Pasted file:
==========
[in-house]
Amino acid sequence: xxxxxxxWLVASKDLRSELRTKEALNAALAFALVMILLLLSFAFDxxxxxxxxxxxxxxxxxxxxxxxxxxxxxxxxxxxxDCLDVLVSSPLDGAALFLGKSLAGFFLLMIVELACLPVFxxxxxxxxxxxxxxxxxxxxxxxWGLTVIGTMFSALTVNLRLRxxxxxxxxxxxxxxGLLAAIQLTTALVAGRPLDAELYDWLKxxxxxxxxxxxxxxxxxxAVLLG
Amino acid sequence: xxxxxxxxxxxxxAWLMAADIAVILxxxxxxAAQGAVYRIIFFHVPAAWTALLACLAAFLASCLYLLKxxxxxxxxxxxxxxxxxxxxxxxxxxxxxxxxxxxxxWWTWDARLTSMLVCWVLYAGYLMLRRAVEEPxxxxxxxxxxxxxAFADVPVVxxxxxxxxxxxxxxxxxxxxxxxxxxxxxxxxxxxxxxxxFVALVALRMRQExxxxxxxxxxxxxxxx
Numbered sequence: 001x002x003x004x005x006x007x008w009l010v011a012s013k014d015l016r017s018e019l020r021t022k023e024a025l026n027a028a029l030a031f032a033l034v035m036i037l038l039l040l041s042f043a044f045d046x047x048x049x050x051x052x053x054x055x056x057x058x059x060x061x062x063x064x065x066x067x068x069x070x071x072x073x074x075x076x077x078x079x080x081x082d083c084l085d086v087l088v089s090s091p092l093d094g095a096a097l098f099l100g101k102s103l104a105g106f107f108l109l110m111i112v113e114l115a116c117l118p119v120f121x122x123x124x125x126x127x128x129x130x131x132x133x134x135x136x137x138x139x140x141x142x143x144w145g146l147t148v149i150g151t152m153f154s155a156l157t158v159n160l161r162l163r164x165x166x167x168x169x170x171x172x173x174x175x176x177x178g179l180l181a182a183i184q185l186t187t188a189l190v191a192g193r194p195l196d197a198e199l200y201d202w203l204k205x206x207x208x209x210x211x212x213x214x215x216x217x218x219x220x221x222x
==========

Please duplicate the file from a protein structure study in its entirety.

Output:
[in-house]
Amino acid sequence: xxxxxxxWLVASKDLRSELRTKEALNAALAFALVMILLLLSFAFDxxxxxxxxxxxxxxxxxxxxxxxxxxxxxxxxxxxxDCLDVLVSSPLDGAALFLGKSLAGFFLLMIVELACLPVFxxxxxxxxxxxxxxxxxxxxxxxWGLTVIGTMFSALTVNLRLRxxxxxxxxxxxxxxGLLAAIQLTTALVAGRPLDAELYDWLKxxxxxxxxxxxxxxxxxxAVLLG
Amino acid sequence: xxxxxxxxxxxxxAWLMAADIAVILxxxxxxAAQGAVYRIIFFHVPAAWTALLACLAAFLASCLYLLKxxxxxxxxxxxxxxxxxxxxxxxxxxxxxxxxxxxxxWWTWDARLTSMLVCWVLYAGYLMLRRAVEEPxxxxxxxxxxxxxAFADVPVVxxxxxxxxxxxxxxxxxxxxxxxxxxxxxxxxxxxxxxxxFVALVALRMRQExxxxxxxxxxxxxxxx
Numbered sequence: 001x002x003x004x005x006x007x008w009l010v011a012s013k014d015l016r017s018e019l020r021t022k023e024a025l026n027a028a029l030a031f032a033l034v035m036i037l038l039l040l041s042f043a044f045d046x047x048x049x050x051x052x053x054x055x056x057x058x059x060x061x062x063x064x065x066x067x068x069x070x071x072x073x074x075x076x077x078x079x080x081x082d083c084l085d086v087l088v089s090s091p092l093d094g095a096a097l098f099l100g101k102s103l104a105g106f107f108l109l110m111i112v113e114l115a116c117l118p119v120f121x122x123x124x125x126x127x128x129x130x131x132x133x134x135x136x137x138x139x140x141x142x143x144w145g146l147t148v149i150g151t152m153f154s155a156l157t158v159n160l161r162l163r164x165x166x167x168x169x170x171x172x173x174x175x176x177x178g179l180l181a182a183i184q185l186t187t188a189l190v191a192g193r194p195l196d197a198e199l200y201d202w203l204k205x206x207x208x209x210x211x212x213x214x215x216x217x218x219x220x221x222x